The media uses the term metaverse as a synonym for all the offerings in a virtual space, and often the term is associated with headset-based experiences. Meta, Apple, Microsoft, and anyone else who claims they have built a metaverse, has instead created a privately held, virtual world. These companies, of course, want you and everyone else to believe that they own the metaverse, thereby monetizing the data of its users and potentially monopolizing revenue from the required software to access the space.

3. Get smart on the benefits of immersion

There has been much research on the benefits of using virtual spaces to connect with and engage users. Virtual spaces improve recall of information, provide a greater sense of embodiment and presence, allow for greater interaction and agency, and help limit distractions. There are many different types of immersion: Strategic, tactile, sensory, narrative, spatial and virtual environments can help marketers and comms professionals leverage them all, making their experiences more interactive and less passive.

4. Refer to your audience as residents or citizens instead of users

Using the term “resident,” or “citizen” for virtual world users indicates they have a stake within that community and moves them into an active role instead of a passive one. This tenant reminds me of the great work done by Jonah Sachs and what he terms “empowerment marketing.” One of the tactics of empowerment marketing — forget the consumer and call on the citizen — reminds us that inspired citizens make better brand evangelists than helpless consumers. You can read more about Sach’s empowerment marketing in this great series of articles featuring his work.

5. Understand the differences between consumption devices

Just like you need to become familiar with a new social media platform before launching a campaign on the platform, you need to understand how your audience is consuming the virtual world. Within the splintered virtual world ecosystem, different virtual communities and platforms are consumed through a variety of different devices like smartphones, tablets, PCs, Mac computers, tethered headset devices like the Rift, tetherless headset devices like the Oculus Quest, mixed media devices like Microsoft’s Hololens and mobile VR devices like Google Cardboard.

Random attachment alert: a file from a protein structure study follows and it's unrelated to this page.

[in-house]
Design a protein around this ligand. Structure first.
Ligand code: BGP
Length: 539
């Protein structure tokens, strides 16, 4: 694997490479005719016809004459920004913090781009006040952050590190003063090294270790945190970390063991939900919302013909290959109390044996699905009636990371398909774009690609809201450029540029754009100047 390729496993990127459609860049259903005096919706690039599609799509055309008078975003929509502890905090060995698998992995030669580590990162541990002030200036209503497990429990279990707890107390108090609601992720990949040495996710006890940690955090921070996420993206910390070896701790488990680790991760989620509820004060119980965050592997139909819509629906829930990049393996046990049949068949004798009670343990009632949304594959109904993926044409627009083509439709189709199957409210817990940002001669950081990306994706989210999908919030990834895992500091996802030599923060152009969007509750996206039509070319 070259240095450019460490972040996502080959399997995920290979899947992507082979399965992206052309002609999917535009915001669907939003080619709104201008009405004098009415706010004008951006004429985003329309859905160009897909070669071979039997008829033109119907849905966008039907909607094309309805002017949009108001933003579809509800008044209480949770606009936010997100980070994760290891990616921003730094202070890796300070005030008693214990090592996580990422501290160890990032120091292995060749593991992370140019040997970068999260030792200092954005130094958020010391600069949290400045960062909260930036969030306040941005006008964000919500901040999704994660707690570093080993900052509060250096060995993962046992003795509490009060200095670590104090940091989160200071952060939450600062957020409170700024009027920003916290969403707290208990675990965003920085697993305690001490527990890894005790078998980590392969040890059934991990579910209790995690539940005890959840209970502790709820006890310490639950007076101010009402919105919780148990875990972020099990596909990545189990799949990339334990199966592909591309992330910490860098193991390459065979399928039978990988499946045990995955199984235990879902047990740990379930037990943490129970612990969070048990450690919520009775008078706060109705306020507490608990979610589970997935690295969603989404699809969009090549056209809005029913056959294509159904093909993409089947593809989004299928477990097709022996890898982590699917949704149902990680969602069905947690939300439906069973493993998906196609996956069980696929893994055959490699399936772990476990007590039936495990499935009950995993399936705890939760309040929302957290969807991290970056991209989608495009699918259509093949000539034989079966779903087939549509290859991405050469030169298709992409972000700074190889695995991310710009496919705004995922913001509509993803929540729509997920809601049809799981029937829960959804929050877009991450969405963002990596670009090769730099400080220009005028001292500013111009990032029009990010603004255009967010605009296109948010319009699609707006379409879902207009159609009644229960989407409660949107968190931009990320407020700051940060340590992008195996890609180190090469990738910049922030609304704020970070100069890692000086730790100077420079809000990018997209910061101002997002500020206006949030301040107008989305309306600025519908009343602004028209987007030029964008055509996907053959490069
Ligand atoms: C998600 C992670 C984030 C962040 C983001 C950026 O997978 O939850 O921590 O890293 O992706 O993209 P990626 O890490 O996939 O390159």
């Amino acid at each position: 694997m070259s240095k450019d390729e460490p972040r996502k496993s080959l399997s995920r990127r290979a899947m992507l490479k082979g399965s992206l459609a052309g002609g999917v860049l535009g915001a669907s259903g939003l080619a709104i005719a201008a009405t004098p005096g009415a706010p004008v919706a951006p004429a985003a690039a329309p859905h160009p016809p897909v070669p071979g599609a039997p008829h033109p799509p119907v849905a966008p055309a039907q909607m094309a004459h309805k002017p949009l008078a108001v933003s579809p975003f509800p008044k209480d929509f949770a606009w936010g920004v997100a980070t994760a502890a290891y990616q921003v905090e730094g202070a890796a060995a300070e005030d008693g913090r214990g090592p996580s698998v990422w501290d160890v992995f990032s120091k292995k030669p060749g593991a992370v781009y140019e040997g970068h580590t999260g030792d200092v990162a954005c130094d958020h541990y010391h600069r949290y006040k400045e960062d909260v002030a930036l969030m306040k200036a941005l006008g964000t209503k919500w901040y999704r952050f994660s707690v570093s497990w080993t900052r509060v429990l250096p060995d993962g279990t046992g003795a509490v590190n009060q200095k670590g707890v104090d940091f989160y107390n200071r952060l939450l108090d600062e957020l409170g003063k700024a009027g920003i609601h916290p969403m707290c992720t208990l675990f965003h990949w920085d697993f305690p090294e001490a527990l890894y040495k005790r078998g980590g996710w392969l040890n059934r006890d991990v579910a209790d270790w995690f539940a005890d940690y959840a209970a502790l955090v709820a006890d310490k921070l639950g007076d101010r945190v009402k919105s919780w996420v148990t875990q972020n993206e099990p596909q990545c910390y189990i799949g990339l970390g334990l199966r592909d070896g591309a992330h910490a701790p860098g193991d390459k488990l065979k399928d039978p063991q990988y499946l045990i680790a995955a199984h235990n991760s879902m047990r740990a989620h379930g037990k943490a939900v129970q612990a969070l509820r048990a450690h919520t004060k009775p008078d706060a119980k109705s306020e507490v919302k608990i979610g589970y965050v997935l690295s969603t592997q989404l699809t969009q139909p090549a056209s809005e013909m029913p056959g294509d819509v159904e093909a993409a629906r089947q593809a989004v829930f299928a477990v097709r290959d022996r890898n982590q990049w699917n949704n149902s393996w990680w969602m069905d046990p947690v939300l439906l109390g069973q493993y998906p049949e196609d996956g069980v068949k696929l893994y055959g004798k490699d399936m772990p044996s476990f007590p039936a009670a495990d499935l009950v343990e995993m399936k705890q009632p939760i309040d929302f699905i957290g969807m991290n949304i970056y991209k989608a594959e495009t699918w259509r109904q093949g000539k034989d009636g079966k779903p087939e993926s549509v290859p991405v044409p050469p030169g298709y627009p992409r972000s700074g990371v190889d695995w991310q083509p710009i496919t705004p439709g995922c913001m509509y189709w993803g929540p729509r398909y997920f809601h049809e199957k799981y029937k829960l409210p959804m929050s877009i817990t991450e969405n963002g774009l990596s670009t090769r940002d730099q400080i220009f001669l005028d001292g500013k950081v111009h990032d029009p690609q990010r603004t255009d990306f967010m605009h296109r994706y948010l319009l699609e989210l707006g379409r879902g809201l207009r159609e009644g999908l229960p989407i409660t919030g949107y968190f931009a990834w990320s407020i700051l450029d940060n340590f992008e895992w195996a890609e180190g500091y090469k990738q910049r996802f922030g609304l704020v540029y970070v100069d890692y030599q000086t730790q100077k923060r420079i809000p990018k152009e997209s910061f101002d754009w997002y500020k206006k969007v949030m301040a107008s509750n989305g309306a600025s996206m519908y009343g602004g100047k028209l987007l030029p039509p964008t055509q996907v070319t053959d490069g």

This is one of the reasons building an interoperable network of virtual worlds is so daunting. There currently is not a set standard method of consuming these immersive environments. Each virtual world has been built to support very specific hardware, so understanding these requirements is essential before diving in.

6. Speak their language

Become familiar with the thriving virtual environments that exist today. Each virtual world requires a different avatar, language, etiquette, etc. If you are building a marketing plan for a virtual space – you need to understand as much as you can about the residents. Some great questions to ask include: What are the demographics of residents? Why are they on the platform? What role or need does the platform play in the life of the resident? What is the unique language of the platform? What are the community norms, rules and regulations?

7. Location, location, location!

Any good marketer understands you need to GO TO your audience, and tapping into an already thriving and active community is much cheaper than building one from scratch. When choosing a location or platform for your virtual experience, a strategic approach is required. The platform you choose can mean the difference between success and failure and should depend on your overall marketing goals and objectives and your target audience. Factors to consider: Who is spending time on the platform, how are people spending their time on the platform, and what is the cost (money/time) to spend time on the platform?

8. Use the design thinking process

Approaching your virtual world or metaverse strategy from a design thinking perspective is essential to make sure you are solving a real problem for the user. Leverage the tenets of design thinking:

1) Empathize with your target audience.

2) Define the problem statement.

3) Ideate.

4) Prototype.

5) Test.

This allows brands to understand residents’ core concerns better and ensure they are using technology to provide solutions rather than just sizzle. Big brands can succeed in virtual spaces if they respect the residents and design for their needs, not focus solely on the brand objectives.